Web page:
• Think Beyond the Holiday or Sentiment. I can sell love all year, but Valentine’s Day cards only for a few weeks. When you’re designing cards, you don’t have to follow a prescribed calendar or topic heading (at least not for me). I always want: more love cards, uplifting sympathy cards, congratulations for endless occasions and new thank you cards.
  • Prints of your most popular cards. These sell. That’s all. (and you’ve already designed them!)


May Day Studio’s You Are My Sunshine is a lovely card and my best selling broadside print

III. Wild Ideas. Now we’re talking.

  • That Thing You Daydream About. Do it! I was a huge fan of Yellow Owl Workshop’s #getwise2013. It was so unexpected and delightful. I want more of this kind of thing. A lot more. Let’s make 2014 the year people have fun learning the difference between their, there, and they’re.
  • Wallpaper & Fabric from Your Designs. Both of these are niche markets and I probably couldn’t sell them, but boy-o-boy would I love to see them.


Yellow Owl Workshop made me smarter this year

  • Partnerships that lead to products. You have creative, skilled friends: Chefs, bartenders, florists, fabric designers, seamstresses, ceramicists, professors, stand-up comics, day-care teachers. How could you collaborate and produce something? I, for example, would love to see an OSBP illustrated cocktail series made into a set of flat cards – it would be the perfect hostess gift. (Ed Note: Ha! Okay, okay, I’m on it!)

I hope the new year brings you some down time with blank pages and new ink colors. I’d love to hear the wild ideas and trends you’re loving for in 2014…

  1. Love everything about this post, Emily! I had the thought of postcards for a new design last week, but wondered if anyone would want to use them. Thanks for validating my thought, as well as sparking some other ideas.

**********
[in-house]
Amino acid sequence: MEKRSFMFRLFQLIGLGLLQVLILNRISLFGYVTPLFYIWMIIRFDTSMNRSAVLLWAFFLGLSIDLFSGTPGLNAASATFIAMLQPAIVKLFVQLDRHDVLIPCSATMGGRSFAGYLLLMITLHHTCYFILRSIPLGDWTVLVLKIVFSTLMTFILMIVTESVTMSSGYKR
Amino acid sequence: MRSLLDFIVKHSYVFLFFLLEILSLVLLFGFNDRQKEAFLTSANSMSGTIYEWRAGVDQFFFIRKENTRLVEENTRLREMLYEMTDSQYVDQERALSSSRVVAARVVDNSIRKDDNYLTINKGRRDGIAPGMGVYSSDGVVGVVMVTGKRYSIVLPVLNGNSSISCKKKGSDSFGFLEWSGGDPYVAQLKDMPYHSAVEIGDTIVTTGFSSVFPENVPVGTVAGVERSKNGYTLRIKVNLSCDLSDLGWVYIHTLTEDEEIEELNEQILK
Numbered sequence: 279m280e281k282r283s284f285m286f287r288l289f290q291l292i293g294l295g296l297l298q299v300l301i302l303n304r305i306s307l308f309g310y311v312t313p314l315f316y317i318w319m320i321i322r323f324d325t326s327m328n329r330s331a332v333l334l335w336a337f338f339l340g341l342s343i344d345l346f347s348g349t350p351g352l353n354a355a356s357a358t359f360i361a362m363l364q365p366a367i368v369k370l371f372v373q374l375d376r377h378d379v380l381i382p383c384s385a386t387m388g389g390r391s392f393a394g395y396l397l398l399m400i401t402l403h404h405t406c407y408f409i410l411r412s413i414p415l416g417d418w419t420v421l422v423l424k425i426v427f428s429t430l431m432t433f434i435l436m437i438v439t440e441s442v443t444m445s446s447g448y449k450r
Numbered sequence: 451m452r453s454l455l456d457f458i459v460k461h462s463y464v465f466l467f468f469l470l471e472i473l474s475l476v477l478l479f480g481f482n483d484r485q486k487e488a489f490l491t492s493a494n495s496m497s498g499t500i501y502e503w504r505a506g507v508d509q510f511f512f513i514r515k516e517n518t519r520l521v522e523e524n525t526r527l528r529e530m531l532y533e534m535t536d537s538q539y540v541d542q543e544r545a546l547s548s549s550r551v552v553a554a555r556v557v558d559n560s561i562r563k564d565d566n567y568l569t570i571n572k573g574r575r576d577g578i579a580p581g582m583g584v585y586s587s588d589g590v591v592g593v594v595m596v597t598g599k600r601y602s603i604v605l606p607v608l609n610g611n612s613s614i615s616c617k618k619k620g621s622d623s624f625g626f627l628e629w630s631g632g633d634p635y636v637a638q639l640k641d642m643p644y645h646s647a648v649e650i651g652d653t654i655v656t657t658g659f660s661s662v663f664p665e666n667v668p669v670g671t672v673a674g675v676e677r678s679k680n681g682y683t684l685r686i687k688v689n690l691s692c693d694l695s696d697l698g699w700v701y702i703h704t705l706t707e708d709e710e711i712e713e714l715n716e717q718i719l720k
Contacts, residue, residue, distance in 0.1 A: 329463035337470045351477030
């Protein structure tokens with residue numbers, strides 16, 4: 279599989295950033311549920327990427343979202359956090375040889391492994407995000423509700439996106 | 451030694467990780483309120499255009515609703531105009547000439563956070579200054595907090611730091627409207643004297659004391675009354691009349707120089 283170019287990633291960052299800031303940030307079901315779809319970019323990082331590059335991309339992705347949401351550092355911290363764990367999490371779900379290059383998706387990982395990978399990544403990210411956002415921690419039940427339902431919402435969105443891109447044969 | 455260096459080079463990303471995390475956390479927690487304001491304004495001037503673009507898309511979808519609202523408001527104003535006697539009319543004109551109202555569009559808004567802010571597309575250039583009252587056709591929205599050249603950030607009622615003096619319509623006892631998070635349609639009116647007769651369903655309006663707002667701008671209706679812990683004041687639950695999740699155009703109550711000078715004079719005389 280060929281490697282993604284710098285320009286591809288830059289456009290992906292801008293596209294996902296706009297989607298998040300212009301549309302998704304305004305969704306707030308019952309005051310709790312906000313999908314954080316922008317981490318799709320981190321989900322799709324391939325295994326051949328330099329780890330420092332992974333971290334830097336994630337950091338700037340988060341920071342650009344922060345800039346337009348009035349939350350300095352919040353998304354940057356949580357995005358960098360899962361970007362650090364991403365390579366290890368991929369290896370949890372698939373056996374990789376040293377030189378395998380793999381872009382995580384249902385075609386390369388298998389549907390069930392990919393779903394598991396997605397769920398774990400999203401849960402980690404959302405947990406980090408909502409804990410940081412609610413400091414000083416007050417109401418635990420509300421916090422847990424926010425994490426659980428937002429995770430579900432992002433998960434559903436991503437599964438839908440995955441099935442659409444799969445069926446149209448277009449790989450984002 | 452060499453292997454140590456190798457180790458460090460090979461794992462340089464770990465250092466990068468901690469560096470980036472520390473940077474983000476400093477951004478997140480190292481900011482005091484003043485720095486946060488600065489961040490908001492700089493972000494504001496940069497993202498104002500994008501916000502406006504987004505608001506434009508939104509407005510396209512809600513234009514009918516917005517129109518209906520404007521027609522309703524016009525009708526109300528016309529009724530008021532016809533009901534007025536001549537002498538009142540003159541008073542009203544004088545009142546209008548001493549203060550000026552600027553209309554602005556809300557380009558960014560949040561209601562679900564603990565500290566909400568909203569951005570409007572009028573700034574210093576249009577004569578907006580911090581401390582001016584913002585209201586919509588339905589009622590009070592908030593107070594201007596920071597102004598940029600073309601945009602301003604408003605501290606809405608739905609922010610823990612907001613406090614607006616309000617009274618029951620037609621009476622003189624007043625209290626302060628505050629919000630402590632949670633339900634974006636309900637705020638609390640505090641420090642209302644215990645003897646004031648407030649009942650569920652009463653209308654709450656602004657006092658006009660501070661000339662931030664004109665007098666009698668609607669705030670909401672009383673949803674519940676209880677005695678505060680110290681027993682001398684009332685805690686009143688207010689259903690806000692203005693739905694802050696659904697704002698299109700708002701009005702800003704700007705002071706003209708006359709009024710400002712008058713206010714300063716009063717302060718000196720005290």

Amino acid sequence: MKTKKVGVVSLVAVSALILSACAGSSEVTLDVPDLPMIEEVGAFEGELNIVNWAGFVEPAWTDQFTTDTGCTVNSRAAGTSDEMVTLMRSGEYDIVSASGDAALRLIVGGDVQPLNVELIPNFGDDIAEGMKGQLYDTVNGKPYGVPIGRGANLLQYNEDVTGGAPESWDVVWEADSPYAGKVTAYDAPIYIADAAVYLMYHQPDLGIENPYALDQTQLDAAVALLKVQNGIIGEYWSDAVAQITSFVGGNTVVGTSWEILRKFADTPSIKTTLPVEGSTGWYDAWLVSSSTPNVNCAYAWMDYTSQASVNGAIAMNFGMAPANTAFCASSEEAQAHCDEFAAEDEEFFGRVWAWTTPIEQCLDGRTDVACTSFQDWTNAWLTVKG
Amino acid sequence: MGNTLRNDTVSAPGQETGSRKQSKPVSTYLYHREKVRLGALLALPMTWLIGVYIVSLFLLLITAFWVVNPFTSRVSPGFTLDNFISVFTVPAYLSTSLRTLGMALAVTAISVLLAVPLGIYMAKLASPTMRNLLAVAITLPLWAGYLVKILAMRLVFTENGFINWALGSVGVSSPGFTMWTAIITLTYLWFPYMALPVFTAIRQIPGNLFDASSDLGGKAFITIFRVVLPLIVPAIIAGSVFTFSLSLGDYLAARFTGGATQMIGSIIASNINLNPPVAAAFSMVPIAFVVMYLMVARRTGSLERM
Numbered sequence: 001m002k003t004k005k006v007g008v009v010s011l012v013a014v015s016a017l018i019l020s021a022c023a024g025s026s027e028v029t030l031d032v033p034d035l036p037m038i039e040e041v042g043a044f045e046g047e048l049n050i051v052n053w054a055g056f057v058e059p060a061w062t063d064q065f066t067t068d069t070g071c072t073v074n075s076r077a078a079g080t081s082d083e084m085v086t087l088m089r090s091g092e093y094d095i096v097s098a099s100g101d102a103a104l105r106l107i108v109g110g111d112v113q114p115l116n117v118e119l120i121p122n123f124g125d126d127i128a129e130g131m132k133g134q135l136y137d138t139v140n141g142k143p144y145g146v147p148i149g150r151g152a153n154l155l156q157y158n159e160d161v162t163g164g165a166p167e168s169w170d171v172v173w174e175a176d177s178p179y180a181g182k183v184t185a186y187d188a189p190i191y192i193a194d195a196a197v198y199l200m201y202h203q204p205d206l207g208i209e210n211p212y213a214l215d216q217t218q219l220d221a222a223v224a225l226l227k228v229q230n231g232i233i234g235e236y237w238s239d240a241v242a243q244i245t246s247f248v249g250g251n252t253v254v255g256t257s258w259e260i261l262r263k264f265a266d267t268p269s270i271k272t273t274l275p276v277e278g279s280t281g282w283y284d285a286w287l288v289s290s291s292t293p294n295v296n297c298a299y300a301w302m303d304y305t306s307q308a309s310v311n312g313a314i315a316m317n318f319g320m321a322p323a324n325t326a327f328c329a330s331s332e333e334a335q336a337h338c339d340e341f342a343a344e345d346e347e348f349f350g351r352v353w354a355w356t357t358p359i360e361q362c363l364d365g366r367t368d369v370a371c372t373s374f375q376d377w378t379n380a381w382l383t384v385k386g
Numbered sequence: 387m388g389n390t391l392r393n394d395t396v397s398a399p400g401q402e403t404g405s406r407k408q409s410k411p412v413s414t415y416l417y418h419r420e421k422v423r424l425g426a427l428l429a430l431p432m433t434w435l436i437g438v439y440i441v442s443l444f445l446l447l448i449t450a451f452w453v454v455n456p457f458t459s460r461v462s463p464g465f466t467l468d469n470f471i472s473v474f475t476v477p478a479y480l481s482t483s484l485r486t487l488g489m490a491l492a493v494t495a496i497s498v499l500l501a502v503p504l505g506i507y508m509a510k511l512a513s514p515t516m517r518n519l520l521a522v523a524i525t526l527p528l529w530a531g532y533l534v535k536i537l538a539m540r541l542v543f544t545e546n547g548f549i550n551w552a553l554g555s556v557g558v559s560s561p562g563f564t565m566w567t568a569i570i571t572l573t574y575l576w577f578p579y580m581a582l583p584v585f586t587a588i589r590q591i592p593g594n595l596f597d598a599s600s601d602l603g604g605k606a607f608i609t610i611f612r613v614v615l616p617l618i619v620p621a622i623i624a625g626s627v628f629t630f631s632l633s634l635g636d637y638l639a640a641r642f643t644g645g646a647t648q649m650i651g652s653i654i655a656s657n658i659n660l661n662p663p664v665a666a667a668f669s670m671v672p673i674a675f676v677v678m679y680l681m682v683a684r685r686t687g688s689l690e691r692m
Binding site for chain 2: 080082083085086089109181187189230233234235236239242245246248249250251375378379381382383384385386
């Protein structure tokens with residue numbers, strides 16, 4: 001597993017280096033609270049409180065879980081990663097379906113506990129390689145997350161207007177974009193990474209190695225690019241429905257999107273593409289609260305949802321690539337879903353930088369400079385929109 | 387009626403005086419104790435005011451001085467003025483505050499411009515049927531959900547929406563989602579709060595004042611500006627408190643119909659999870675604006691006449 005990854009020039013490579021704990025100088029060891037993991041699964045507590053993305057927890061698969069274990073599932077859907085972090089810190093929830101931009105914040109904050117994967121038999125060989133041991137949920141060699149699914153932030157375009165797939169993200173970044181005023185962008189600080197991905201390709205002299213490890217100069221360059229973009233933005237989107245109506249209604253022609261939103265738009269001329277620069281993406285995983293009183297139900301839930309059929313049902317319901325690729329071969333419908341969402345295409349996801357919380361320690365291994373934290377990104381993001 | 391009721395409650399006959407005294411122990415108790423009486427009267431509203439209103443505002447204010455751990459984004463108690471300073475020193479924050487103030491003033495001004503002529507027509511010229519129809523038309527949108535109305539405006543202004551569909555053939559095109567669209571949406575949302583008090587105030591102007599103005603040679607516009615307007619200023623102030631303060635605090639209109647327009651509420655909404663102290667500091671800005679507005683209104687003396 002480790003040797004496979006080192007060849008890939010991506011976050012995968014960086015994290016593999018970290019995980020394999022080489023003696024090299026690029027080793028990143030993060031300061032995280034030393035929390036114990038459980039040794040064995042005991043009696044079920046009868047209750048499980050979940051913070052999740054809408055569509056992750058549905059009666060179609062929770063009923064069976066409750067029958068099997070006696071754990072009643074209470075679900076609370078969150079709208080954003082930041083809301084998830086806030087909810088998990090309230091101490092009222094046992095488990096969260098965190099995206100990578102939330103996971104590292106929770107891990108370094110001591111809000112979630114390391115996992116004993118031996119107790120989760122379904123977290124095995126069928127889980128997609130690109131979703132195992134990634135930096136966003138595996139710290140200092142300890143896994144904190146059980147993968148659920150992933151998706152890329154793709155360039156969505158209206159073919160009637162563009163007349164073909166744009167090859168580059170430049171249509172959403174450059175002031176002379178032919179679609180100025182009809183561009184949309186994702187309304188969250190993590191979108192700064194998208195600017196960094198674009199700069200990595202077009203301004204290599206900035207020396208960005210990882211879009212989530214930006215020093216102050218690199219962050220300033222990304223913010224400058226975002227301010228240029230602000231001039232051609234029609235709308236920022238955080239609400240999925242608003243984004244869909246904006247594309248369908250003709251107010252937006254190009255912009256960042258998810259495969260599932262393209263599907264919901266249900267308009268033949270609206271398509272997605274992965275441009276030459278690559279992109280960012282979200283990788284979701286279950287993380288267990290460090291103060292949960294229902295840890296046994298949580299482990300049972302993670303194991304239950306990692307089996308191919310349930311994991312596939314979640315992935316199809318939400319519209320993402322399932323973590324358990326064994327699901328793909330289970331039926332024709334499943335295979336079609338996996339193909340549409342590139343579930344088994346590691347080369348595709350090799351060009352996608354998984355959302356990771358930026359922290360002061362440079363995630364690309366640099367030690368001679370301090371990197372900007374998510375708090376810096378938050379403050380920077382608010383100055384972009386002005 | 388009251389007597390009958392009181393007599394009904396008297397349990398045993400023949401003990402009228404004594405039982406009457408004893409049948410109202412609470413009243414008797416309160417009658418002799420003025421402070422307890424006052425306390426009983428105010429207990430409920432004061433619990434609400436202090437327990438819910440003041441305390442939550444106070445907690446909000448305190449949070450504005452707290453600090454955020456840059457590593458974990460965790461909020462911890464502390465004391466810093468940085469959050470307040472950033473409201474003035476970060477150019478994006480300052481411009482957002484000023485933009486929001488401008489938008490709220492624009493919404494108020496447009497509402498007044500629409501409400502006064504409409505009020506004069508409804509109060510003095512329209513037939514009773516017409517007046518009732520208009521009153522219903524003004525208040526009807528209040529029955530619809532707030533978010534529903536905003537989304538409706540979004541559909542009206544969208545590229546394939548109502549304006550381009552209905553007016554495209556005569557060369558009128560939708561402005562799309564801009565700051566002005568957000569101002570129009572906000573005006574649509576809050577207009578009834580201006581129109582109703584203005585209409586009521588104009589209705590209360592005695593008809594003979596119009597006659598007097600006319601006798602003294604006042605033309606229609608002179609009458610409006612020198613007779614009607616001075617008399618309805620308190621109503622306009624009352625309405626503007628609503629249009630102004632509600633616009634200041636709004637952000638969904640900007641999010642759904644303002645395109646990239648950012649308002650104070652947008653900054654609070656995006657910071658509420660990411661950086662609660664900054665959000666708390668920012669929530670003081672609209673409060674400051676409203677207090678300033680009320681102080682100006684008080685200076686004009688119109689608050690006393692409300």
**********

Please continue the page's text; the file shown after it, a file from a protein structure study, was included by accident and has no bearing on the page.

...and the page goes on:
Oh, and yay for the little hover notes on the links!

    • Cyn, Thank you! Can’t wait to see your postcards and other sparkings. And ha! Thanks for reading carefully enough to get the hovers. I love that you can do that, it’s like secret messages. xo

  2. I love this post – thank you so much! I knew I was on to something and am now even more excited to debut as NSS!

  3. This is – FANTASTIC! – as a stationery designer I’m always thinking what’s next and this month I am definitely taking the plunge into some new products! I am so excited that what I’m thinking about is being requested by customers!! Love, love, love this post!

  4. Awesome post. Been thinking about introducing bulk packs of cards and postcards and you’ve just confirmed this for me. Top work!

    • Adam, I love hearing this! Thank you. Also, since you’re British and a dude can I also impose upon you to make some classic stationery for men? I feel like you’d do a great job. Thank you!